Switch to ADA Accessible Theme
Close Menu

Child Support Limit Increased In Texas


Child support is one of the most important considerations for children across the globe. Each state in the United States has its own set of child support calculations and limits. Before we get into the details, what does child support actually refer to? Essentially, it is a mandate by the government dictating support to be provided to a child by either or both parents.

When the parenting couple separates or goes through a divorce, it becomes their obligation to continue to care for the financial matters of the child or children. The non-custodial parent is expected to provide financial support for all matters of the children.

When Must Child Support Be Provided?

There are several considerations when determining how much child support must be paid as well as how long the child support must be paid. In most situations, child support will be required to be paid for the following times:

  1. Child support can be provided until such time the individual reaches age 18 or becomes a graduate of a high school, whichever event happens last.
  2. Child support also extends to children until they reach an age where they are emancipated through marriage, or by removal of minority disabilities.
  3. Child support extends until the death of the child.
  4. If the child suffers from some sort of disability for an indefinite period of time, child support becomes valid and mandatory.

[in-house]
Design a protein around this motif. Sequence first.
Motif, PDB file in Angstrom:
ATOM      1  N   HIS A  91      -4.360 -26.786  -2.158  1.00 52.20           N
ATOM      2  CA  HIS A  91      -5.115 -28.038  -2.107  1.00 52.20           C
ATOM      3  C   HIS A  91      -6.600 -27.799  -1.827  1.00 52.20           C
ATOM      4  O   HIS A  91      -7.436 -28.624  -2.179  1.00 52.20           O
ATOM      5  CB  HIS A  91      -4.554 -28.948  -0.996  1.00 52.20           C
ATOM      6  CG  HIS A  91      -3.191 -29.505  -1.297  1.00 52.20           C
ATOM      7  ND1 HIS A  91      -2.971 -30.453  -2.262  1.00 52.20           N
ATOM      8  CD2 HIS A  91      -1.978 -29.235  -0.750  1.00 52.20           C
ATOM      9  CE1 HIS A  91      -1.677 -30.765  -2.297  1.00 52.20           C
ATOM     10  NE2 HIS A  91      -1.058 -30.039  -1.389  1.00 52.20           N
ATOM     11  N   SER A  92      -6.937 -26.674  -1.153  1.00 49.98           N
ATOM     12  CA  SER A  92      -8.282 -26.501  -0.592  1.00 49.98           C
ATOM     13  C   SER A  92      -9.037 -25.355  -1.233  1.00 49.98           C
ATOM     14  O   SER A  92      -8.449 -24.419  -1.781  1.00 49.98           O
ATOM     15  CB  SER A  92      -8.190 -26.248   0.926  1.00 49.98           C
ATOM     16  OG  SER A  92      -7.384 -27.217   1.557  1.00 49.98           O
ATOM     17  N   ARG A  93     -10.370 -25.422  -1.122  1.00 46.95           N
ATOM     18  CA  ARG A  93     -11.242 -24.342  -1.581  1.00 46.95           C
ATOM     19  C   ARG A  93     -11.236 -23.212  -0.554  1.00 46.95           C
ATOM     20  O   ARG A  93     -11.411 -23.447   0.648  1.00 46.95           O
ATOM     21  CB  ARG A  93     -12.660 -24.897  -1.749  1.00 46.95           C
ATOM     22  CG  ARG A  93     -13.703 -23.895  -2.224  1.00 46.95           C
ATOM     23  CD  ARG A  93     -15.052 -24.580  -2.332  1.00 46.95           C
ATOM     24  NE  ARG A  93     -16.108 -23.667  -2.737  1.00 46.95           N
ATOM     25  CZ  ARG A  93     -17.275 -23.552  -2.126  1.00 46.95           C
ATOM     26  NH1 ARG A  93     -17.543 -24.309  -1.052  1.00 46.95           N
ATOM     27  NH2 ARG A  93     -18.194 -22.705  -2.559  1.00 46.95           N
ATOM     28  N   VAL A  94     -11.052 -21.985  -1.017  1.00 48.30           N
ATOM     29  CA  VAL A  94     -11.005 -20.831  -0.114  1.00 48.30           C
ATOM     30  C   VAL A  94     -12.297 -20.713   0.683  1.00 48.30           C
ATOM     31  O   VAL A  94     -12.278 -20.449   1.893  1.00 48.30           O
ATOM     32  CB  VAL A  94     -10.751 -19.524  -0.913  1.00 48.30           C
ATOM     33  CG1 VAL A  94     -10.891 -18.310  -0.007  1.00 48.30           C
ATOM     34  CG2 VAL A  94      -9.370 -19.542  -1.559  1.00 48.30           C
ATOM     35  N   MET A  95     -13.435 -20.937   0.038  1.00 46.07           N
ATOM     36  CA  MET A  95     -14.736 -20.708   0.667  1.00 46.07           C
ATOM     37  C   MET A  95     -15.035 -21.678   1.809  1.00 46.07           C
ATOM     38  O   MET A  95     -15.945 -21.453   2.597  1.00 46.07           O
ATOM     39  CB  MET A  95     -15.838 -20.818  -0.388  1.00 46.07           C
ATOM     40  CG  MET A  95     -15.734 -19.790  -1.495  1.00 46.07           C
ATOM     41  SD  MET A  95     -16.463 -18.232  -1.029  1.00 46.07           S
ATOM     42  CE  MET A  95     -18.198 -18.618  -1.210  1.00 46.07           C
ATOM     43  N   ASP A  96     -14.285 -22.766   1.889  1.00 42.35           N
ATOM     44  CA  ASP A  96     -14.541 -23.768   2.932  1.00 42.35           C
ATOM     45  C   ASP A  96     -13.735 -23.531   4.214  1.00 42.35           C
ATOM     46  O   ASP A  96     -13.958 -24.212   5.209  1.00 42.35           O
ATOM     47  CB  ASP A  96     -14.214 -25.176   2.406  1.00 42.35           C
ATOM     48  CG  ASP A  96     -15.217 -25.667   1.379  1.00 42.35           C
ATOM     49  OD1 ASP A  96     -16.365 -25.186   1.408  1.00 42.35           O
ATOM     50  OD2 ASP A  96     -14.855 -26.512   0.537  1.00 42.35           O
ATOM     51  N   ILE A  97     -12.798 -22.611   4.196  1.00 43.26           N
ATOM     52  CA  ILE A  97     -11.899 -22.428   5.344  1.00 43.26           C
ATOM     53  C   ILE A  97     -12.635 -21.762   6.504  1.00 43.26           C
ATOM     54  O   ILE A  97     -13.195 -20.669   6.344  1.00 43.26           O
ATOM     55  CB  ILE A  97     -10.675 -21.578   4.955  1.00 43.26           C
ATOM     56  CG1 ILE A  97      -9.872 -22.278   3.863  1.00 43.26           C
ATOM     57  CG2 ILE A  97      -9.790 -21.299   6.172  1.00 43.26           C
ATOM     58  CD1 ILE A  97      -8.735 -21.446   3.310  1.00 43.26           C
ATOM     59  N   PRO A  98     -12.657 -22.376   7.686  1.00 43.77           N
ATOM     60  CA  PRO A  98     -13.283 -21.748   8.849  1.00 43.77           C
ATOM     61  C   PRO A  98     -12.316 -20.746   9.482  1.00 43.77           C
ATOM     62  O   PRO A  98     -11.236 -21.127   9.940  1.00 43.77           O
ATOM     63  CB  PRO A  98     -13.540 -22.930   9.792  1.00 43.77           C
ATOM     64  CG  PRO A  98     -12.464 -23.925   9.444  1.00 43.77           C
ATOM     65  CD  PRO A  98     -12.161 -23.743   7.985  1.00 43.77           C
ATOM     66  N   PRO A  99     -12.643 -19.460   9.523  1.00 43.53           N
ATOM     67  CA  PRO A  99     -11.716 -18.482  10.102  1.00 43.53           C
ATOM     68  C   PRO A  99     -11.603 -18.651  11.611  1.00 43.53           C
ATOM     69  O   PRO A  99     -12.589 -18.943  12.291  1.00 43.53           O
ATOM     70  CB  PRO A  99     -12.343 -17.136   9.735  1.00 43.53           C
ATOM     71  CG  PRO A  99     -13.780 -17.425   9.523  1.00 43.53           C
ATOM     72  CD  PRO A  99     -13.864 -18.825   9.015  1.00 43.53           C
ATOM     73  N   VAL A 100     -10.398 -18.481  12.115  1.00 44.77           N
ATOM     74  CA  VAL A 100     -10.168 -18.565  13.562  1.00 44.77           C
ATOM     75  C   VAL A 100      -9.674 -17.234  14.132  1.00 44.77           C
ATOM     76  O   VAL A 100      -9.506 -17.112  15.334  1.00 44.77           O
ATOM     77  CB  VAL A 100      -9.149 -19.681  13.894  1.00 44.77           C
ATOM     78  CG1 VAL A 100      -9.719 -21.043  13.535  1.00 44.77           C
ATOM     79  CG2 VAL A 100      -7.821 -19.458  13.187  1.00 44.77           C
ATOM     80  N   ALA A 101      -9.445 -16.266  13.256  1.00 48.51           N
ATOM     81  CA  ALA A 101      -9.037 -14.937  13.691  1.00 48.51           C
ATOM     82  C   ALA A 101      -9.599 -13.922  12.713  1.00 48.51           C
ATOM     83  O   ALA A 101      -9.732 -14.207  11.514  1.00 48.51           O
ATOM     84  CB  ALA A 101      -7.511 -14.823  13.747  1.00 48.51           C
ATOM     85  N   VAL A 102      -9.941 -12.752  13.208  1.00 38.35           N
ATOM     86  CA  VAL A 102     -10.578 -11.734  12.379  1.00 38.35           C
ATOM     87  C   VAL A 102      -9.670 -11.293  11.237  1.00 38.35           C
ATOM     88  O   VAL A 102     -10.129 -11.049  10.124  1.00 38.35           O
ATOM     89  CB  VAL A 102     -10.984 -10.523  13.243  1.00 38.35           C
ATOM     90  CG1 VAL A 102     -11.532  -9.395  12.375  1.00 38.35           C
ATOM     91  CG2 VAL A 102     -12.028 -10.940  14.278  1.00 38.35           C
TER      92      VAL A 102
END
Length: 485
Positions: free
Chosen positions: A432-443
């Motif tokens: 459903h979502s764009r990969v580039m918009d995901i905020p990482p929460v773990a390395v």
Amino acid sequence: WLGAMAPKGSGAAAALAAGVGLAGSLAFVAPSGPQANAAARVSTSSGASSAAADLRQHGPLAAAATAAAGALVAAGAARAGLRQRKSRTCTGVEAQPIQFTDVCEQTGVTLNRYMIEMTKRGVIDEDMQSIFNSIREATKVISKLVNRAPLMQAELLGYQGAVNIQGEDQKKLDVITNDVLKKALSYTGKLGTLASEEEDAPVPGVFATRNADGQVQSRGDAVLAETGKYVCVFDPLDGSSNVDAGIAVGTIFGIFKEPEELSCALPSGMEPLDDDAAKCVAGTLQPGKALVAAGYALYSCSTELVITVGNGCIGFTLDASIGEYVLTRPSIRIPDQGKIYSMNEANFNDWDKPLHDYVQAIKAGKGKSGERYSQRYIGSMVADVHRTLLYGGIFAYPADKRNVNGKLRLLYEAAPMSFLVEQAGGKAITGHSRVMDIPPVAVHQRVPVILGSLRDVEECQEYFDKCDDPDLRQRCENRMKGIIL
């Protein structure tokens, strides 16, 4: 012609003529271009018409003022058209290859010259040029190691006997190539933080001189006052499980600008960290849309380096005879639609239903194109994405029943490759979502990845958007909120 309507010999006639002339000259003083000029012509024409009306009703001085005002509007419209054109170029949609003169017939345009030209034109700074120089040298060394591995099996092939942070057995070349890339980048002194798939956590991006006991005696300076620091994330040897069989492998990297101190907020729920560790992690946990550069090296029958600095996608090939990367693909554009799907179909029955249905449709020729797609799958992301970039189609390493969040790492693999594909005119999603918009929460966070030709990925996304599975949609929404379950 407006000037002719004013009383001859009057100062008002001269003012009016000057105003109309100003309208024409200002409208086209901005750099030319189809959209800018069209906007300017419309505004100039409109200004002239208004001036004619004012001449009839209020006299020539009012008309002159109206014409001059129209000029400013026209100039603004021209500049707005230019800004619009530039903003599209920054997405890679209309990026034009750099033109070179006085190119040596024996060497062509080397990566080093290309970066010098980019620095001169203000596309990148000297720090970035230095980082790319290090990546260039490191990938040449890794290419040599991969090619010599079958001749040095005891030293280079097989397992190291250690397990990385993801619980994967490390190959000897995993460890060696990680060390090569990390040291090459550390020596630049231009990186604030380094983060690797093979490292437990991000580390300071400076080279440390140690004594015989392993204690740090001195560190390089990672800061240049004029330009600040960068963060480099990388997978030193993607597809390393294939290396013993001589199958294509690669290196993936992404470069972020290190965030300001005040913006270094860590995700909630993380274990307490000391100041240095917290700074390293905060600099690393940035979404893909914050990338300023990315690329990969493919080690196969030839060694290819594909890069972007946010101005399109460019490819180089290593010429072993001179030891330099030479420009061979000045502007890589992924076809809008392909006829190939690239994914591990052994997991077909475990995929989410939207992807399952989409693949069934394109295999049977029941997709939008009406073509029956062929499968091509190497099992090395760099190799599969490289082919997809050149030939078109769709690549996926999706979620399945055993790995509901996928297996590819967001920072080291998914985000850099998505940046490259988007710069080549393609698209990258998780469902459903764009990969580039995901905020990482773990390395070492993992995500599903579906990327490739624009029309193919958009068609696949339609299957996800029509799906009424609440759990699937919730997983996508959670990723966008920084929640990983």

5. Child support comes to an end when the child in question is adopted by another individual.

If the child comes under any of these categories or until they reach that stage in life, child support is mandated by the government. This concept comes in especially handy when the parents are separating and they need to secure the future of the child.

What Factors Determine the Amount of Child Support?

When you calculate the child support money you need to keep aside for your child, there are quite a few factors to focus on.

  1. The annual income of the parent who is the non-custodial parent
  2. The number of children the couple has together
  3. What is the total amount contributed to health insurance on an annual basis
  4. Who pays for health insurance also figures into the calculation, and could be the custodial parent or the non-custodial parent

Recent Changes to Texas Child Support Laws

Very recently, effective September 1, 2019, the cap of child support has been increased from $1,710 per month to $1,840 per month. This refers to one child only and the amount increases based on the number of children. This announcement came in from the Office of the Attorney General for the State of Texas. If you aren’t certain whether this change of law will impact you and your child support, contact your attorney.

Contact an Experienced Child Support Attorney Today

If you are in the middle of a child support battle or have questions about the child support that you pay or receive, contact the Houston child support attorneys at Lindamood & Robinson, P.C. today to schedule a consultation.




Facebook Twitter LinkedIn

Our Location

Houston Office


1415 Louisiana Street, Suite 3450
Houston, TX 77002

We service Galveston County, Ft. Ben County and Brazoria County by ZOOM!

Contact a Member of the Firm